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Thyroid

The Thyroid Gland or simply the Thyroid is an endocrine gland in the throat and consists of two connected lobes. It is found at the front of the neck. The thyroid gland secretes thyroid hormones, which influence the metabolic rate, protein synthesis and have a wide range of other effects including on development. The thyroid hormones T3 and T4 are synthesized from iodine and tyrosine. The thyroid also produces calcitonin, which plays a role in calcium homeostasis.

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Hormonal output from the thyroid is regulated by thyroid-stimulating hormone (TSH) secreted from the anterior pituitary, which itself is regulated by thyrotropin-releasing hormone (TRH) produced by the hypothalamus.

The thyroid may be affected by several diseases. Hyperthyroidism occurs when the gland produces excessive amounts of thyroid hormones, the most common cause being Graves’ disease—an autoimmune disorder. In contrast, hypothyroidism is a state of insufficient thyroid hormone production. Worldwide, the most common cause is iodine deficiency. Thyroid hormones are important for development, and hypothyroidism secondary to iodine deficiency remains the leading cause of preventable intellectual disability.[3] In iodine-sufficient regions, the most common cause of hypothyroidism is Hashimoto’s thyroiditis—also an autoimmune disease. In addition, the thyroid gland may also develop several types of nodules and cancer.

About Thyroid Gland:

The thyroid gland is a butterfly-shaped organ located in the base of your neck. It releases hormones that control metabolism—the way your body uses energy. The thyroid‘s hormones regulate vital body functions, including:

  • Breathing
  • Heart rate
  • Central and peripheral nervous systems
  • Body weight
  • Muscle strength
  • Menstrual cycles
  • Body temperature
  • Cholesterol levels

The thyroid gland is about 2-inches long and lies in front of your throat below the prominence of thyroid cartilage sometimes called the Adam’s apple. The thyroid has two sides called lobes that lie on either side of your windpipe, and is usually connected by a strip of thyroid tissue known as an isthmus. Some people do not have an isthmus, and instead have two separate thyroid lobes.

How the Thyroid Gland Works

The thyroid is part of the endocrine system, which is made up of glands that produce, store, and release hormones into the bloodstream so the hormones can reach the body’s cells. The thyroid gland uses iodine from the foods you eat to make two main hormones:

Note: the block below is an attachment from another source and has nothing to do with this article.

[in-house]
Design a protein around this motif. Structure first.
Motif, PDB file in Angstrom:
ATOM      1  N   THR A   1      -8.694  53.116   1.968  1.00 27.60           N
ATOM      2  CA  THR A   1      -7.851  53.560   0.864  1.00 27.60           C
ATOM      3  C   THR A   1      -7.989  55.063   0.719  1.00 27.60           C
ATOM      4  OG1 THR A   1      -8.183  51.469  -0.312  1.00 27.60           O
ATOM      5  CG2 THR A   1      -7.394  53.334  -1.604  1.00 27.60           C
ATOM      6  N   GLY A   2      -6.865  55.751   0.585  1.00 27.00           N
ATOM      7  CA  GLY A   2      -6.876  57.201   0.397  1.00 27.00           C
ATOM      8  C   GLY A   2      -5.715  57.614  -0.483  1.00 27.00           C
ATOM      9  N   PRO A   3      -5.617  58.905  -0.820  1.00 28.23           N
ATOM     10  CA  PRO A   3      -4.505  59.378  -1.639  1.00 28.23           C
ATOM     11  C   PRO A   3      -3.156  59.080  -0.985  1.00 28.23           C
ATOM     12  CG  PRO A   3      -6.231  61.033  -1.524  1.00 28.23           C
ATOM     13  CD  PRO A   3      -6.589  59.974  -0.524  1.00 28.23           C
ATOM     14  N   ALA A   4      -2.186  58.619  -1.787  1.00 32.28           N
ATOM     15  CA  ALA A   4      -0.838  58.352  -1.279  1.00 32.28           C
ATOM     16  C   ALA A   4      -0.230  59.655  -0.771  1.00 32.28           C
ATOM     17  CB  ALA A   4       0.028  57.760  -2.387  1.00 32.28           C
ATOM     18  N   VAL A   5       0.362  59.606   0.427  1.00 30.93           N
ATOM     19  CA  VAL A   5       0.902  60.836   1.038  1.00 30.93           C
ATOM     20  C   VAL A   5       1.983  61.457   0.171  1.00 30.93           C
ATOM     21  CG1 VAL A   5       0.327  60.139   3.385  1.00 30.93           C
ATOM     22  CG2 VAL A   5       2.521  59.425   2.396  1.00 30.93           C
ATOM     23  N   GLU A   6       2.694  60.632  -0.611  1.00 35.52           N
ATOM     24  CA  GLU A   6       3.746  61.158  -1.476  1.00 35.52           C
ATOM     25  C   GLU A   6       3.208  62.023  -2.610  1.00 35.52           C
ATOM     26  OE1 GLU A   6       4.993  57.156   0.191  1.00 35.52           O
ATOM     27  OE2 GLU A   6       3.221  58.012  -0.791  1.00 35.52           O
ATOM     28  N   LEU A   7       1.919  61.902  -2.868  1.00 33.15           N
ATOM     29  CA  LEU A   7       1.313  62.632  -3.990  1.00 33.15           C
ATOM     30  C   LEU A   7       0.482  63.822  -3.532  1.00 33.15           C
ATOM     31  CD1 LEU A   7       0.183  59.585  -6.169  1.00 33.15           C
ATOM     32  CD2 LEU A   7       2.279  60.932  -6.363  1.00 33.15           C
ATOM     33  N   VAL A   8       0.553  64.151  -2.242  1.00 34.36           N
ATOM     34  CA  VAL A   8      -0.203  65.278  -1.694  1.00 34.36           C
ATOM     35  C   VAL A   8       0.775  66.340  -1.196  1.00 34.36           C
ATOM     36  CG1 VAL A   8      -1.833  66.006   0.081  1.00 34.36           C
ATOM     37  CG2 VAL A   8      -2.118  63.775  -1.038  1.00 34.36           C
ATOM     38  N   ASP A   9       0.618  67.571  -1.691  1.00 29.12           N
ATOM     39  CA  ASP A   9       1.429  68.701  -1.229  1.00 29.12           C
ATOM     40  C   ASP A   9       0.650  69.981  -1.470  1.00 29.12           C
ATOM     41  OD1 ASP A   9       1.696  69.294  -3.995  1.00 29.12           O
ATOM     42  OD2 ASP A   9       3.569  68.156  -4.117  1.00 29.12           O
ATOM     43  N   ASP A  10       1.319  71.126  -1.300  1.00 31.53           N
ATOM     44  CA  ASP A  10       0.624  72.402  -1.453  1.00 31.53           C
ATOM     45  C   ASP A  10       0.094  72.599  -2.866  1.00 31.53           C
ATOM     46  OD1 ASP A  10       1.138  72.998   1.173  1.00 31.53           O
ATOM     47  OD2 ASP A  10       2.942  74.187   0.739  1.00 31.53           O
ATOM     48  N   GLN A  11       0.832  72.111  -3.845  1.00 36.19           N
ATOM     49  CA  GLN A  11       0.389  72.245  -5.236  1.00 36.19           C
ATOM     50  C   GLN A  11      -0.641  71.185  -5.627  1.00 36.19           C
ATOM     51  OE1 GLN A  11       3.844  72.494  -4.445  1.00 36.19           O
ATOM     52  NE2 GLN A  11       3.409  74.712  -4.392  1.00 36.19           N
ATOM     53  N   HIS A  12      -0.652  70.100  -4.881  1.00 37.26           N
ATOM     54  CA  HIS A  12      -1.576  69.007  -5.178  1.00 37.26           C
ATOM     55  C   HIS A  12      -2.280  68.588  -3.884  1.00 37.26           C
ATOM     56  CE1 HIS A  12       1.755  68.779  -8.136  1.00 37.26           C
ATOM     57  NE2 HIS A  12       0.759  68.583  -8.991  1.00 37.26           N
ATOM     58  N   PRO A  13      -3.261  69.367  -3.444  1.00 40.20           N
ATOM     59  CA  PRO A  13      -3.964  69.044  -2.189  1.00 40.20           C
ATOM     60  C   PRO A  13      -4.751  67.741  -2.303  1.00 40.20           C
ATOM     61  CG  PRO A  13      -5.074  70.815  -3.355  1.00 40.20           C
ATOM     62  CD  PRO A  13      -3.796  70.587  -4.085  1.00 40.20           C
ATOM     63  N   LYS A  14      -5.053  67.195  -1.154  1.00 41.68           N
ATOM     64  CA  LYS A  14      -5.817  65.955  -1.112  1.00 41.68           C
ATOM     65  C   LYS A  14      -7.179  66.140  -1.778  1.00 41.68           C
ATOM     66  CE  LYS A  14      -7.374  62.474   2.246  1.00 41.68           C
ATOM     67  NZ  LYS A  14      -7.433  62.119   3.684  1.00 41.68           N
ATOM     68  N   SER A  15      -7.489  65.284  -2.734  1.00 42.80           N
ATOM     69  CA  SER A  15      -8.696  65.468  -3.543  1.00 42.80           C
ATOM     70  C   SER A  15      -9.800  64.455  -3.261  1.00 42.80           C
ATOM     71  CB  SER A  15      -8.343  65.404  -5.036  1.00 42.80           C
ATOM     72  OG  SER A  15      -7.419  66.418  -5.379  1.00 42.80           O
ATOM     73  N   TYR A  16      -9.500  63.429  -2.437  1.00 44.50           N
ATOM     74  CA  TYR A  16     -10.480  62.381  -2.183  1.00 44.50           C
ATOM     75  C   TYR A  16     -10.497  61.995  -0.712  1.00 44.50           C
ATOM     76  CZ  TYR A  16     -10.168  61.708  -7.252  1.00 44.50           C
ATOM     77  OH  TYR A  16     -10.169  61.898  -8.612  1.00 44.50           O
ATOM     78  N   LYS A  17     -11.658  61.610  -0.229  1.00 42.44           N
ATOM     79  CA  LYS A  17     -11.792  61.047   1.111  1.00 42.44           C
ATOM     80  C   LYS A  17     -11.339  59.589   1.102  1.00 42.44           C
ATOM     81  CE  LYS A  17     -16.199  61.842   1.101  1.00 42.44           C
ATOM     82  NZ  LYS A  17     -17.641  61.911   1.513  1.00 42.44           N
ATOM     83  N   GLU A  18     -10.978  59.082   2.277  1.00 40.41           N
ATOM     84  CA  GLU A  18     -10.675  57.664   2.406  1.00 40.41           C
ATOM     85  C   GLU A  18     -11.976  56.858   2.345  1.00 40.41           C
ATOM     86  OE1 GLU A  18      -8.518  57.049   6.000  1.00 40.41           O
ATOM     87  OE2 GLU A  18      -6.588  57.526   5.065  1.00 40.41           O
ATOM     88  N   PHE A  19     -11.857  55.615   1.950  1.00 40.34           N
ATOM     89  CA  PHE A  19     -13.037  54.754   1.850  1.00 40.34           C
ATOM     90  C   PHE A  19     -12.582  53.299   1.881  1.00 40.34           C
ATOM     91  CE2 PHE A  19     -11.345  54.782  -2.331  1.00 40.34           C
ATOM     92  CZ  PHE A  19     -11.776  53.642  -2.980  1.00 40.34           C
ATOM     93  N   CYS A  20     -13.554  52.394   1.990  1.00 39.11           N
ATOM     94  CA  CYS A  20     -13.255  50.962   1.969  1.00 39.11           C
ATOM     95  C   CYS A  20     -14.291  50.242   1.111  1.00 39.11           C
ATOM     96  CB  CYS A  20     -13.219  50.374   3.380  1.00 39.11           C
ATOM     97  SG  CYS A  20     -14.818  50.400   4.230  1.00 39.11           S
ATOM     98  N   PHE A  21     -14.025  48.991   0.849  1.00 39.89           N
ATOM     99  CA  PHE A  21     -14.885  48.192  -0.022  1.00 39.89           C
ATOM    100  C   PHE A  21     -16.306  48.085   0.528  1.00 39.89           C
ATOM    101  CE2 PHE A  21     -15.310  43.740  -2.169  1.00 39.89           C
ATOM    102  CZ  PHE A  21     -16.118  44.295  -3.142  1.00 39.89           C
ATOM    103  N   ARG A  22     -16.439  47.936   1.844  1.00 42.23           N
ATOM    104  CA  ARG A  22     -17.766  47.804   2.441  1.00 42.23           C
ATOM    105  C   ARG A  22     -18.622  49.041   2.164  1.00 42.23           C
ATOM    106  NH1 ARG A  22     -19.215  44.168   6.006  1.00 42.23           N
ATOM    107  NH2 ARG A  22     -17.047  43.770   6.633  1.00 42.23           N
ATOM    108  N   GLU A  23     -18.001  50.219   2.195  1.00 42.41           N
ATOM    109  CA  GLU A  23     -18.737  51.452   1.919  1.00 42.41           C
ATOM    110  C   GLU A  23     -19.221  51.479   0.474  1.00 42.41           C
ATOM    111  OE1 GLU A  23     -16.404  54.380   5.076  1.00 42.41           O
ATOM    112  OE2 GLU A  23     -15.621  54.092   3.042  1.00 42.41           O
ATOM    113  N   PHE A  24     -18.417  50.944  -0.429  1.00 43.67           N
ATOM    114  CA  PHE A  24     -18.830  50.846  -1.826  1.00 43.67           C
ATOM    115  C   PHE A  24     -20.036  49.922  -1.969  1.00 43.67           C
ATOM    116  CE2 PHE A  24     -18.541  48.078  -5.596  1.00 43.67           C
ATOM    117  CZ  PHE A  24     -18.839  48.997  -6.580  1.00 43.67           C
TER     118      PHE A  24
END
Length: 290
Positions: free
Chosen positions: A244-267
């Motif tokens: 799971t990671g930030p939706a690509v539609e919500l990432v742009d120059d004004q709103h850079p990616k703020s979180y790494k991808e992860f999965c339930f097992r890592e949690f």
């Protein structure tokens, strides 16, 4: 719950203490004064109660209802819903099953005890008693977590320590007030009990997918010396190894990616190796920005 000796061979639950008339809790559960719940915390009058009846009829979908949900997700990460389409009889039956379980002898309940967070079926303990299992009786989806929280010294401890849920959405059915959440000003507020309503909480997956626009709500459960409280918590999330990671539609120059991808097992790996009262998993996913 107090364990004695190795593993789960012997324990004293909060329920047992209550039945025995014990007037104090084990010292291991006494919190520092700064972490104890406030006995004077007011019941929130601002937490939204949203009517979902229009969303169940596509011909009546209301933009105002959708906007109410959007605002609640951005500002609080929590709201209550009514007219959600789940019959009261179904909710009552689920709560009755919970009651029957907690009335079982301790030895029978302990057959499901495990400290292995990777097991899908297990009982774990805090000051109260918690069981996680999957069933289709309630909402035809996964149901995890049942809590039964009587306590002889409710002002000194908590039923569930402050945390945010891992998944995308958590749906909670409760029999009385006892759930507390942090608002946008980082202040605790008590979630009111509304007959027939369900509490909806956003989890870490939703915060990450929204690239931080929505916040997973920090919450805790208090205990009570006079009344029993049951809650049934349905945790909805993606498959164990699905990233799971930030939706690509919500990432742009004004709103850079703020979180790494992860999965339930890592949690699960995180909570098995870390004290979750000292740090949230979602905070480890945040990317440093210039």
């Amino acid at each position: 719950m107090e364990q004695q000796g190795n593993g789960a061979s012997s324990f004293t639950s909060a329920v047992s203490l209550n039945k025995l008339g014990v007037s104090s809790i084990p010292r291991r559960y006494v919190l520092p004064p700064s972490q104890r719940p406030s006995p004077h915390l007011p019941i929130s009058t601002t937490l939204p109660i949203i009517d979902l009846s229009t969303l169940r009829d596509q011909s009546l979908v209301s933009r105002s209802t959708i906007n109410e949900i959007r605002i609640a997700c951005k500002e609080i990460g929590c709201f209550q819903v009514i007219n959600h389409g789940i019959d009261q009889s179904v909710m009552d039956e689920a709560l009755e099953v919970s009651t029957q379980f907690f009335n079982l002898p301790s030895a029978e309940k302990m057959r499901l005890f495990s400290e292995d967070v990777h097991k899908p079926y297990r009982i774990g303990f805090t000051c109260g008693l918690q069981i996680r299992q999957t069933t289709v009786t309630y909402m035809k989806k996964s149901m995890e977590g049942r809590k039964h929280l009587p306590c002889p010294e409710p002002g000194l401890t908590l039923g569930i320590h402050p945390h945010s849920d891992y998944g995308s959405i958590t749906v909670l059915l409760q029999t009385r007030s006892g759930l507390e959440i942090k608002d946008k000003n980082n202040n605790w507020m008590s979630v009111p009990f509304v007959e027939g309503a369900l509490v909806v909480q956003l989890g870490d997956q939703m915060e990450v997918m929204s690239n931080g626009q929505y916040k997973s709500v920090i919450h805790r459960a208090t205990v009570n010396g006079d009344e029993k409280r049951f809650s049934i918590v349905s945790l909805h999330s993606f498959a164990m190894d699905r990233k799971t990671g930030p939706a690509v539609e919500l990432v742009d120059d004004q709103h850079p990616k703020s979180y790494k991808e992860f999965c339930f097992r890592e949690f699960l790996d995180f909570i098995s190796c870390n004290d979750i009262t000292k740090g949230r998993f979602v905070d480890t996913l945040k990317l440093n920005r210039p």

• Triiodothyronine (T3)
  • Thyroxine (T4)

It is important that T3 and T4 levels are neither too high nor too low. Two glands in the brain—the hypothalamus and the pituitary communicate to maintain T3 and T4 balance.

The hypothalamus produces TSH Releasing Hormone (TRH) that signals the pituitary to tell the thyroid gland to produce more or less of T3 and T4 by either increasing or decreasing the release of a hormone called thyroid stimulating hormone (TSH).

  • When T3 and T4 levels are low in the blood, the pituitary gland releases more TSH to tell the thyroid gland to produce more thyroid hormones.
  • If T3 and T4 levels are high, the pituitary gland releases less TSH to the thyroid gland to slow production of these hormones.

Why You Need a Thyroid Gland

T3 and T4 travel in your bloodstream to reach almost every cell in the body. The hormones regulate the speed with which the cells/metabolism work. For example, T3 and T4 regulate your heart rate and how fast your intestines process food. So if T3 and T4 levels are low, your heart rate may be slower than normal, and you may have constipation/weight gain. If T3 and T4 levels are high, you may have a rapid heart rate and diarrhea/weight loss.

Listed below are other symptoms of too much T3 and T4 in your body (hyperthyroidism):

  • Anxiety
  • Irritability or moodiness
  • Nervousness, hyperactivity
  • Sweating or sensitivity to high temperatures
  • Hand trembling (shaking)
  • Hair loss
  • Missed or light menstrual periods

The following is other symptoms of too little T3 and T4 in your body (hypothyroidism):

  • Trouble sleeping
  • Tiredness and fatigue
  • Difficulty concentrating
  • Dry skin and hair
  • Depression
  • Sensitivity to cold temperature
  • Frequent, heavy periods
  • Joint and muscle pain

Treatment for Hyperthyroidism:

The treatment of Hyperthyroidism depends on your age and physical state, as well as the cause and the severity of your condition. The treatment options include:

Anti-Thyroid Medicine – Is the first-line treatment, it blocks the secretion of thyroid hormones, and therefore slowly reduce symptoms of Hyperthyroidism

Hormone Replacement Therapy – This aims at regulating the thyroid hormone levels by using a synthetic thyroid hormone pill

Radioactive Iodine Treatment – Is used if you did not respond to anti-thyroid medications. Radioactive iodine is administered orally and can reduce the thyroid activity significantly, and even permanently

Surgical Removal – Of your thyroid gland is a last-resort option. You may need to take life-long medication to maintain normal thyroid hormone levels

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